2:12 So speak ye, and so do, as they that shall be judged by the law of liberty. 2:13 For he shall have judgment without mercy, that hath shewed no mercy; and mercy rejoiceth against judgment." (James 2:1-13 KJV)

Genuine faith is about living according to God's Way (see Faith Is The Law). It is not about self-righteous lawlessness (see What Does The Holy Bible Say About Idiots?).

"2:14 What doth it profit, my brethren, though a man say he hath faith, and have not works? can faith save him? 2:15 If a brother or sister be naked, and destitute of daily food, 2:16 And one of you say unto them, Depart in peace, be ye warmed and filled; notwithstanding ye give them not those things which are needful to the body; what doth it profit? 2:17 Even so faith, if it hath not works, is dead, being alone.

2:18 Yea, a man may say, Thou hast faith, and I have works: shew me thy faith without thy works, and I will shew thee my faith by my works.

2:19 Thou believest that there is one God; thou doest well: the devils also believe, and tremble.

2:20 But wilt thou know, O vain man, that faith without works is dead? 2:21 Was not Abraham our father justified by works, when he had offered Isaac his son upon the altar? 2:22 Seest thou how faith wrought with his works, and by works was faith made perfect? 2:23 And the scripture was fulfilled which saith, Abraham believed God, and it was imputed unto him for righteousness: and he was called the Friend of God. 2:24 Ye see then how that by works a man is justified, and not by faith only.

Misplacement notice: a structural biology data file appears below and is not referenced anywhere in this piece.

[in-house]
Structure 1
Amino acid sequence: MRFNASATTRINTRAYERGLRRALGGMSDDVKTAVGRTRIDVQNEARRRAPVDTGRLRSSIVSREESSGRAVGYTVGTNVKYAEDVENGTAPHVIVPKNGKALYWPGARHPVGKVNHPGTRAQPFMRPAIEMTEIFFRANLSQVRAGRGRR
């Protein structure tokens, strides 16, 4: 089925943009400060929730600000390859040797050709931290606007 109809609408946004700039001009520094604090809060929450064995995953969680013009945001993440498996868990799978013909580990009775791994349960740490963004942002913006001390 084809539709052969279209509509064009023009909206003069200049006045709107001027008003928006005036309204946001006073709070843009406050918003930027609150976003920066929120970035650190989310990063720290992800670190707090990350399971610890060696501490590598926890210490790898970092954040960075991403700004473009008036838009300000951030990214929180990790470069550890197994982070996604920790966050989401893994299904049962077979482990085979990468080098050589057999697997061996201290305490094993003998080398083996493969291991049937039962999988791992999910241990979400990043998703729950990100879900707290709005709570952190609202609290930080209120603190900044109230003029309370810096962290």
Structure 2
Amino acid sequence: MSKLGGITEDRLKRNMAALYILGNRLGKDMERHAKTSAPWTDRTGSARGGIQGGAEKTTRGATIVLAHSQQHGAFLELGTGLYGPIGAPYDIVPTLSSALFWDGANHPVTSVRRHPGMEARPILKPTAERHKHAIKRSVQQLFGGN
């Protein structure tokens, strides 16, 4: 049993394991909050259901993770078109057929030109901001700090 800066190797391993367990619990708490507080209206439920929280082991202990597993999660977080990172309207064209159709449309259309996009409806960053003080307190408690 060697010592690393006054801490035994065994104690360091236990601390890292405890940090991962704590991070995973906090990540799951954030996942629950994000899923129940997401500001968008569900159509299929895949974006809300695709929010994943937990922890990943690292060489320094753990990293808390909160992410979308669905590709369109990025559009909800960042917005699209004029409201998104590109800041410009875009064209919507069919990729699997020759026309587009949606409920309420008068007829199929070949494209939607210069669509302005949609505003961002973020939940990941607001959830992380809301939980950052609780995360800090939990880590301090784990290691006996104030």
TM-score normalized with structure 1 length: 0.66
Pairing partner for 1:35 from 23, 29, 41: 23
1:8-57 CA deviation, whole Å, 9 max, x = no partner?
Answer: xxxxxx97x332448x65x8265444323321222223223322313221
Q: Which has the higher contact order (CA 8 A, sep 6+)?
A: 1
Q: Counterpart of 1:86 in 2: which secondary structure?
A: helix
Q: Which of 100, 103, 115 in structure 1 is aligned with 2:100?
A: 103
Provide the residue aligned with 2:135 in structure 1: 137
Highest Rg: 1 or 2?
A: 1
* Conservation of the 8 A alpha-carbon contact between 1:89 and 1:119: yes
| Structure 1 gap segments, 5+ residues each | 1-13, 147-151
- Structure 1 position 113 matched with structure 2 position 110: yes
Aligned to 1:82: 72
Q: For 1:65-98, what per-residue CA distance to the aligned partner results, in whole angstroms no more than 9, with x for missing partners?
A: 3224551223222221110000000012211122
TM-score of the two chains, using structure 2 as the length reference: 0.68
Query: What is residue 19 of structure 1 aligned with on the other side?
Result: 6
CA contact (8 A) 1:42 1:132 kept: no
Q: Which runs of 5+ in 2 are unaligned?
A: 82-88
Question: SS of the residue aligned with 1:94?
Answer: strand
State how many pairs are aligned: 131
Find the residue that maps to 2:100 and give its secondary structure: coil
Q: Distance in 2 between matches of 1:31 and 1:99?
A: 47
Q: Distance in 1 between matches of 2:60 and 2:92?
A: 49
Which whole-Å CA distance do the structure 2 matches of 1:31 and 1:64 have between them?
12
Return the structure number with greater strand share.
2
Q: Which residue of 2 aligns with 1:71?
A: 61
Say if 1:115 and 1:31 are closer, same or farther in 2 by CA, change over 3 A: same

2:25 Likewise also was not Rahab the harlot justified by works, when she had received the messengers, and had sent them out another way? 2:26 For as the body without the spirit is dead, so faith without works is dead also." (James 2:14-26 KJV)

Fact Finder: Many believe that "love your neighbor as yourself" is a "New Testament" doctrine, but when and where did it actually begin?
See Leviticus 19: Love Thy Neighbour As Thyself


Book

Book

Book

Bible Quiz Daily Bible Study Library
Thousands of Studies!

Jesus Christ
Bible History
Prophecy
Christian Living
Encouragement
Eternal Life
By The Book
Bible Places
Curiosities
The Spirit World
Book

Book

Book


This Day In History, October 10

19: Germanicus, Roman general and nephew of Emperor Tiberius (Tiberius was the Roman emperor at the time of the Crucifixion of Jesus Christ - see A History Of Jerusalem: Pompey And The Caesars and Whatever Happened To Those Romans?), died at age 34 from poisoning. Note that Germanicus, from which the national name Germany is based, was a Roman name. It's no coincidence that the full official name of the "Holy Roman Empire" was "the Holy Roman Empire of the German Nation" (see The Holy Roman Empire Of The German Nation).

German Empire

732: Charles Martel with a force of Frankish infantry repelled an invasion of France by a force of 65,000 Saracens at the Battle of Tours.